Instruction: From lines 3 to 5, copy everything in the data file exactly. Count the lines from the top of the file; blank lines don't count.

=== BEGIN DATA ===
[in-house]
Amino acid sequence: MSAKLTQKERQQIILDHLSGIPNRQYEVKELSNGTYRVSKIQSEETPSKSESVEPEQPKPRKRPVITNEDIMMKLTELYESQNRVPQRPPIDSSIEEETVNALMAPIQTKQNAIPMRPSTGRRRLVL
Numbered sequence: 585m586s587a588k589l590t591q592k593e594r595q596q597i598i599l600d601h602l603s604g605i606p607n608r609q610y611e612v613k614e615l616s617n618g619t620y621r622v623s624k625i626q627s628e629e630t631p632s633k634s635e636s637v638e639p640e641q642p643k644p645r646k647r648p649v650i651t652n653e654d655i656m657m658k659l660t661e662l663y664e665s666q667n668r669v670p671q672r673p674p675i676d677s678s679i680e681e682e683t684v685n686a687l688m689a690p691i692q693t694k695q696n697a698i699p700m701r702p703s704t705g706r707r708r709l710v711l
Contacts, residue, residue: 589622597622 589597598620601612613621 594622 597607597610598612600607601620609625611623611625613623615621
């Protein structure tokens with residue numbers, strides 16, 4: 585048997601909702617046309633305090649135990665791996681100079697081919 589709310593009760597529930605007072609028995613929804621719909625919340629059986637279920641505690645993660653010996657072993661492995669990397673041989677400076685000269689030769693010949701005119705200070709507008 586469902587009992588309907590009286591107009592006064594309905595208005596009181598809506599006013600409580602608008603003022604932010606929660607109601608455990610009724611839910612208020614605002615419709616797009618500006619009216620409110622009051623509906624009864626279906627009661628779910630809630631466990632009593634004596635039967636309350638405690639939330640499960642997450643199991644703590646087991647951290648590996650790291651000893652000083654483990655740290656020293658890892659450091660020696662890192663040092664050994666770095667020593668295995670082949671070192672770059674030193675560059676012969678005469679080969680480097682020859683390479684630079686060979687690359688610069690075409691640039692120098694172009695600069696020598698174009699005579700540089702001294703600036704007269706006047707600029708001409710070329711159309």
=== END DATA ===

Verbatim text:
Numbered sequence: 585m586s587a588k589l590t591q592k593e594r595q596q597i598i599l600d601h602l603s604g605i606p607n608r609q610y611e612v613k614e615l616s617n618g619t620y621r622v623s624k625i626q627s628e629e630t631p632s633k634s635e636s637v638e639p640e641q642p643k644p645r646k647r648p649v650i651t652n653e654d655i656m657m658k659l660t661e662l663y664e665s666q667n668r669v670p671q672r673p674p675i676d677s678s679i680e681e682e683t684v685n686a687l688m689a690p691i692q693t694k695q696n697a698i699p700m701r702p703s704t705g706r707r708r709l710v711l
Contacts, residue, residue: 589622597622 589597598620601612613621 594622 597607597610598612600607601620609625611623611625613623615621
């Protein structure tokens with residue numbers, strides 16, 4: 585048997601909702617046309633305090649135990665791996681100079697081919 589709310593009760597529930605007072609028995613929804621719909625919340629059986637279920641505690645993660653010996657072993661492995669990397673041989677400076685000269689030769693010949701005119705200070709507008 586469902587009992588309907590009286591107009592006064594309905595208005596009181598809506599006013600409580602608008603003022604932010606929660607109601608455990610009724611839910612208020614605002615419709616797009618500006619009216620409110622009051623509906624009864626279906627009661628779910630809630631466990632009593634004596635039967636309350638405690639939330640499960642997450643199991644703590646087991647951290648590996650790291651000893652000083654483990655740290656020293658890892659450091660020696662890192663040092664050994666770095667020593668295995670082949671070192672770059674030193675560059676012969678005469679080969680480097682020859683390479684630079686060979687690359688610069690075409691640039692120098694172009695600069696020598698174009699005579700540089702001294703600036704007269706006047707600029708001409710070329711159309």